Laudare solebat Attalus culcitam, quae resisteret corpori; tali utor etiam senex, in qua vestigium apparere non possit. Haec rettuli ut probarem tibi, quam vehementes haberent tirunculi impetus primos ad optima quaeque, si quis exhortaretur illos, si quis incenderet. Sed aliquid praecipientium vitio peccatur, qui nos docent disputare, non vivere, aliquid discentium, qui propositum adferunt ad praeceptores suos non animum excolendi, sed ingenium. Itaque quae philosophia fuit, facta philologia est.

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Roman Sarcophagus with Children, Vienna, Museum of Art History (c. 2nd Century CE)

“Learn As Long As You Are Ignorant”: Seneca on What He Has to Teach

Seneca, Moral Epistles 76.3-5

“People of every age enter this classroom. “Do we grow old only to follow the young?” When I go into the theater as an old man and I am drawn to the racetrack and no fight is finished without me, shall I be embarrassed to go to a philosopher? You must learn as long as you are ignorant—if we may trust the proverb. And nothing is more fit to the present than this: as long as you live you must learn how to live. Nevertheless, there is still something which I teach there. You ask, what may I teach? That an old man must learn too.

But the human race still shames me every time I enter the school. Near to that theater of the Neapolitans, I have to pass that house of Metronax. There, the place is packed too as with a burning desire they judge who is the best flute player. The Greek horn and a herald bring a crowd. But in the place where we seek what a good man is, where how to be a good man may be learned, the smallest audience sits and they seem to most people to be up to no good in their pursuit. They are called useless and lazy. May such derision touch me. For the insults of the ignorant should be heard with a gentle mind. Contempt itself must be held in contempt as we journey toward better things.”

Omnis aetatis homines haec schola admittit. “In hoc senescamus, ut iuvenes sequamur?” In theatrum senex ibo et in circum deferar et nullum par sine me depugnabit ad philosophum ire erubescam?

Tamdiu discendum est, quamdiu nescias; si proverbio credimus, quamdiu vivas. Nec ulli hoc rei magis convenit quam huic: tamdiu discendum est, quemadmodum vivas, quamdiu vivas. Ego tamen illic aliquid et doceo. Quaeris, quid doceam? Etiam seni esse discendum. Pudet autem me generis humani, quotiens scholam intravi. Praeter ipsum theatrum Neapolitanorum, ut scis, transeundum est Metronactis petenti domum. Illud quidem fartum est et ingenti studio, quis sit pythaules bonus, iudicatur; habet tubicen quoque Graecus et praeco concursum. At in illo loco, in quo vir bonus quaeritur, in quo vir bonus discitur, paucissimi sedent, et hi plerisque videntur nihil boni negotii habere quod agant; inepti et inertes vocantur. Mihi contingat iste derisus; aequo animo audienda sunt inperitorum convicia et ad honesta vadenti contemnendus est ipse contemptus.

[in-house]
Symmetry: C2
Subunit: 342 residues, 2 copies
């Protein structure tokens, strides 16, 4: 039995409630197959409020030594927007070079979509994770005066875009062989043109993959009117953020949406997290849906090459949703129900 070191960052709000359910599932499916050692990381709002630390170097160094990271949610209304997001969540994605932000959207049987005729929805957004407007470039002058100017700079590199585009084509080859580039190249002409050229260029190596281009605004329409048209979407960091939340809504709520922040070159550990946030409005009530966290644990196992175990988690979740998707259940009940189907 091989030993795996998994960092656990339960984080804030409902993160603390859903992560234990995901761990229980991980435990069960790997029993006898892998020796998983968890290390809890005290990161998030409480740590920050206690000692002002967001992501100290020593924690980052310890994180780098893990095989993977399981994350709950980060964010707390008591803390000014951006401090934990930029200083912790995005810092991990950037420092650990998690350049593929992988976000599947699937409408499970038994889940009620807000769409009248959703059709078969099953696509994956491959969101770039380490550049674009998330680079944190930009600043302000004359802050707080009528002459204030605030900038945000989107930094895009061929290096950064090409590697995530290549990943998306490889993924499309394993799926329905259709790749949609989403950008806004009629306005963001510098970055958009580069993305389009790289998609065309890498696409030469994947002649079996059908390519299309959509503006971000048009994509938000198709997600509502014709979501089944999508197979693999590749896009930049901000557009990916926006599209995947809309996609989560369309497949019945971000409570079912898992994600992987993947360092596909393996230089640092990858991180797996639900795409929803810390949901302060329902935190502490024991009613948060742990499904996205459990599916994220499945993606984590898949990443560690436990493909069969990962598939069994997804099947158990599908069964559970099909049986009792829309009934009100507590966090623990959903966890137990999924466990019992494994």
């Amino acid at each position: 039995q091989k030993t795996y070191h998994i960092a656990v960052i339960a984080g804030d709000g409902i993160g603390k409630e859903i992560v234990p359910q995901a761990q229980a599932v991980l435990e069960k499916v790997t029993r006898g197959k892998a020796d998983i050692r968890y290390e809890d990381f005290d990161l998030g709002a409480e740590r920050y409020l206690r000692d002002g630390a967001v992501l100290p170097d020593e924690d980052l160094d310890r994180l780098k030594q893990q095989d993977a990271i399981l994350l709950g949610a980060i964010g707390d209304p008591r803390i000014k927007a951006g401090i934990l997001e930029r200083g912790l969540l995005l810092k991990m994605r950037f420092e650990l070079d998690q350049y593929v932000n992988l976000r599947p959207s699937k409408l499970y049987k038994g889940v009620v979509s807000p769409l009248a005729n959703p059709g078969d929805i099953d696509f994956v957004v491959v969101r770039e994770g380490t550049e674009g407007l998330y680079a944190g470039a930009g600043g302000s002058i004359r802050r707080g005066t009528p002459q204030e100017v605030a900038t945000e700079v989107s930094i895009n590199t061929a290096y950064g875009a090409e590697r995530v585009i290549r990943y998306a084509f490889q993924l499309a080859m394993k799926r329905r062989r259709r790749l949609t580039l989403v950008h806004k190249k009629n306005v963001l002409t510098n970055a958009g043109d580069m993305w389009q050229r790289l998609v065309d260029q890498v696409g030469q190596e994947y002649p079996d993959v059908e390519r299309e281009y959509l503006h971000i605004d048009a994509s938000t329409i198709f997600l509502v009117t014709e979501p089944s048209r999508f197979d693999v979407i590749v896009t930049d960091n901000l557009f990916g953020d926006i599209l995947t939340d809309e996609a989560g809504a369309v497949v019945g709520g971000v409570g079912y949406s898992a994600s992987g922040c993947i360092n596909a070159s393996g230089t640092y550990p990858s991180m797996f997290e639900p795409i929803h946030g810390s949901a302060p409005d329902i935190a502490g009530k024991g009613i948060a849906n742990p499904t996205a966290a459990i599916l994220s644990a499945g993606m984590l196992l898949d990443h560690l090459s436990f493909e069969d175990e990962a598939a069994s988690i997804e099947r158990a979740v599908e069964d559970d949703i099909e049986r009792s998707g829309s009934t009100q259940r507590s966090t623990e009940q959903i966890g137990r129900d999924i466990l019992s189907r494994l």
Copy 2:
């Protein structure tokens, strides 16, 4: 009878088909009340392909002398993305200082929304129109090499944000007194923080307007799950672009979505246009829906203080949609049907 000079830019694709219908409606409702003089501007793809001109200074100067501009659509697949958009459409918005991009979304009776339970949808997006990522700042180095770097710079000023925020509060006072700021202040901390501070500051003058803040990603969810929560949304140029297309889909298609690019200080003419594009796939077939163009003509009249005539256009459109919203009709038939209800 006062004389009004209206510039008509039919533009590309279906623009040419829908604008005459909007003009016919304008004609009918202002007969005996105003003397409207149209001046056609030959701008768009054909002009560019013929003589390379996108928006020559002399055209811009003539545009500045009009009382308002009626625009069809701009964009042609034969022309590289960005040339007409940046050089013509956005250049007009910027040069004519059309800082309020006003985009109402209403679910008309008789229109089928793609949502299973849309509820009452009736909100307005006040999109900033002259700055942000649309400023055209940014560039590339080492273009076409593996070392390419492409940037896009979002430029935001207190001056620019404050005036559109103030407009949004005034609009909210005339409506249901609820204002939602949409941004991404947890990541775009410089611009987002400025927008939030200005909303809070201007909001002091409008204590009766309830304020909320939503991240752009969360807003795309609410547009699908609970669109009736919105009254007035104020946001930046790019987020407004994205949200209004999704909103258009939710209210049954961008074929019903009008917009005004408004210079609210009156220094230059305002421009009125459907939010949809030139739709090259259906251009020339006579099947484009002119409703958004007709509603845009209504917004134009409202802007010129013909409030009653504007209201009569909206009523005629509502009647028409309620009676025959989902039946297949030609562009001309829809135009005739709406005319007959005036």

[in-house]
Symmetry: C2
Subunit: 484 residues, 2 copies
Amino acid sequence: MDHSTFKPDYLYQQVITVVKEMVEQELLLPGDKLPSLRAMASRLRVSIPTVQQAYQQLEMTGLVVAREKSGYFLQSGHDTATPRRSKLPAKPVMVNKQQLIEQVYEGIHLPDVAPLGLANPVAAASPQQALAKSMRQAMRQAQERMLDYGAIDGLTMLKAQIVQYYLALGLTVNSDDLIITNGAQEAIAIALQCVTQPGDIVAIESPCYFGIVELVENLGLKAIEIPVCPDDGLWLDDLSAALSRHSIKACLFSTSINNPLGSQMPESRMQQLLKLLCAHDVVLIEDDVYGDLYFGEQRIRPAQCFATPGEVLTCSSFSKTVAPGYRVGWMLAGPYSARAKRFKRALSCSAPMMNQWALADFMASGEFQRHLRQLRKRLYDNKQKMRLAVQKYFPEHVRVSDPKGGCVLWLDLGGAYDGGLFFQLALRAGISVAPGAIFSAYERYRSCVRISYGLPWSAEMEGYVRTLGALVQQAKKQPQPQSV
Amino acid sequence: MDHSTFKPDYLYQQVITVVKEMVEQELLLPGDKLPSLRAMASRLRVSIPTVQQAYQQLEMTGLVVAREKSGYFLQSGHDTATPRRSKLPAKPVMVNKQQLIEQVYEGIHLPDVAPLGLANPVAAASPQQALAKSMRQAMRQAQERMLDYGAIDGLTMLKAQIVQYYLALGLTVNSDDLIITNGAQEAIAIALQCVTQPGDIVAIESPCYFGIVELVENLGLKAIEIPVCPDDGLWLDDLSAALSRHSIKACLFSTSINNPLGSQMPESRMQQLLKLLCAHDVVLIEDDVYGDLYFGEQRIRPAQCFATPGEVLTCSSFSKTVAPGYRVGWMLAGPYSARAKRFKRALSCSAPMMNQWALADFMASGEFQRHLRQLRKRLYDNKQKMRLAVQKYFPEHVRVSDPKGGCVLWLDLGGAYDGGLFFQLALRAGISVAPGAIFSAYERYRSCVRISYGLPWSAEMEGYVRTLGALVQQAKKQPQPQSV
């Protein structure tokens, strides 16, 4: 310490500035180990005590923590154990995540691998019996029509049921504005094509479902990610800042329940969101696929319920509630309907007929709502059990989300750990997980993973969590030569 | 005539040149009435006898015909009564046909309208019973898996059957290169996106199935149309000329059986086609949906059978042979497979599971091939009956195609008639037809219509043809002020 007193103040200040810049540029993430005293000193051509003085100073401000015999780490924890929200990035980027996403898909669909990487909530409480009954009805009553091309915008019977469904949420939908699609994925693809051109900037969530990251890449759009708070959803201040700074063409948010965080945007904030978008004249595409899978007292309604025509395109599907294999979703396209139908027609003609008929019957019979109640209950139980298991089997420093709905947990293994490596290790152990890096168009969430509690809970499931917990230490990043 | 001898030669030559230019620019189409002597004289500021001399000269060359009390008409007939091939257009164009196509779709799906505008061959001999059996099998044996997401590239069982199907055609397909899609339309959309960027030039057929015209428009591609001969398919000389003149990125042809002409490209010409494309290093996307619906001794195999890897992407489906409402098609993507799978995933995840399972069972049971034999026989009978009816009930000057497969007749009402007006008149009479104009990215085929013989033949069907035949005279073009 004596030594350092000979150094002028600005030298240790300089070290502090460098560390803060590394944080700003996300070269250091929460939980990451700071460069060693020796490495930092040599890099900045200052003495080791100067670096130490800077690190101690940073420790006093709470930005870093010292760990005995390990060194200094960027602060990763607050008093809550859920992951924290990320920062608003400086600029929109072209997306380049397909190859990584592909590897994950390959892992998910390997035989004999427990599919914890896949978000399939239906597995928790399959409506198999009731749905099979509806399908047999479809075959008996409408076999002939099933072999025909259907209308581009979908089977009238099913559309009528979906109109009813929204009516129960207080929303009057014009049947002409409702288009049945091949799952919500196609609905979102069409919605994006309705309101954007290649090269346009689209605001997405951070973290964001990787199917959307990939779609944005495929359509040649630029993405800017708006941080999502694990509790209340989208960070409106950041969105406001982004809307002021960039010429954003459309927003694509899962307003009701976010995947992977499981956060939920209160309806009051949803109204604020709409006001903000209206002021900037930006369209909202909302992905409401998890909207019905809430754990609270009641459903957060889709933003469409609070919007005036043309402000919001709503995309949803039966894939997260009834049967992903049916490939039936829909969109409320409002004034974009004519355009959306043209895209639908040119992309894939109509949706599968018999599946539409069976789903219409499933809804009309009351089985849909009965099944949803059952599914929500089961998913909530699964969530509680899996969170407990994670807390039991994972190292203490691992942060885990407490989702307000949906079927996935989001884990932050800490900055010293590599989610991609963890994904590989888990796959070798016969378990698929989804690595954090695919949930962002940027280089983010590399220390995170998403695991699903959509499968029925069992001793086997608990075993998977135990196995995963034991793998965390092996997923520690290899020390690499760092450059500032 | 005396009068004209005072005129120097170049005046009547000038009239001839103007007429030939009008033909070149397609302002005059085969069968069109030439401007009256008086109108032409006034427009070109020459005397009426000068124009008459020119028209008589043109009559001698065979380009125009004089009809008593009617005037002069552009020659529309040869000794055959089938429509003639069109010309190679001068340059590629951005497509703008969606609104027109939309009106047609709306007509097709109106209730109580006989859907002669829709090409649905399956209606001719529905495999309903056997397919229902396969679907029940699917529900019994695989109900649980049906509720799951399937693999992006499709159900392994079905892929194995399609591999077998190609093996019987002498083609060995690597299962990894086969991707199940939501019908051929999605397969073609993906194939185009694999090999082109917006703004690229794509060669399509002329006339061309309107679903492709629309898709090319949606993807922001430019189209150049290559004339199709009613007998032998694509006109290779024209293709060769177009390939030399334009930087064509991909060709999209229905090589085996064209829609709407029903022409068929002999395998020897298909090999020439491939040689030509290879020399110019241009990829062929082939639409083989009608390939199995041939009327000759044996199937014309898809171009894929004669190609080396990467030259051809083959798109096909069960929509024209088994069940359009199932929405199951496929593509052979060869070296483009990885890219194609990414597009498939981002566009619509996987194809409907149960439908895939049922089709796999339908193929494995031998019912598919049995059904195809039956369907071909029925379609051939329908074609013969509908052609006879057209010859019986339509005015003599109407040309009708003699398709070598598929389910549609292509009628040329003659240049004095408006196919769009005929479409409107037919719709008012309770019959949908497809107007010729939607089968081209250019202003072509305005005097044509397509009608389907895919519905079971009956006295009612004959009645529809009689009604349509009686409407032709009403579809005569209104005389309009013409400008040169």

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How Much of Life Is Truly Lived?

Seneca Moral Epistles 99.10-12

“Consider the vastness of time’s expanse; include the universe too; and then compare what we call human life with this endlessness. You will see how small what we desire to lengthen is. How most of this time weeping and anxiety occupy! How much we pray for death, strength, fear before death comes! How much of life is spent ignorant or inexperienced! Half of it is spent in sleep. Add to this our work, grief, dangers and then you will know that even in the longest life the part that is truly lived is the least. But who would concede for himself that a man does not do better who is permitted to return quickly, who completes his journey before he is tired? Life is neither good nor bad, but it is where good and evil happen”

Propone temporis profundi vastitatem et universum complectere, deinde hoc, quod aetatem vocamus humanam, conpara immenso; videbis, quam exiguum sit, quod optamus, quod extendimus. Ex hoc quantum lacrimae, quantum sollicitudines occupant! Quantum mors, antequam veniat, optata, quantum valitudo, quantum timor! Quantum tenent aut rudes aut inutiles anni! Dimidium ex hoc edormitur. Adice labores, luctus, pericula, et intelleges etiam in longissima vita minimum esse, quod vivitur. Sed quis tibi concedet non melius se habere eum, cui cito reverti licet, cui ante lassitudinem peractum est iter? Vita nec bonum nec malum est; boni ac mali locus est.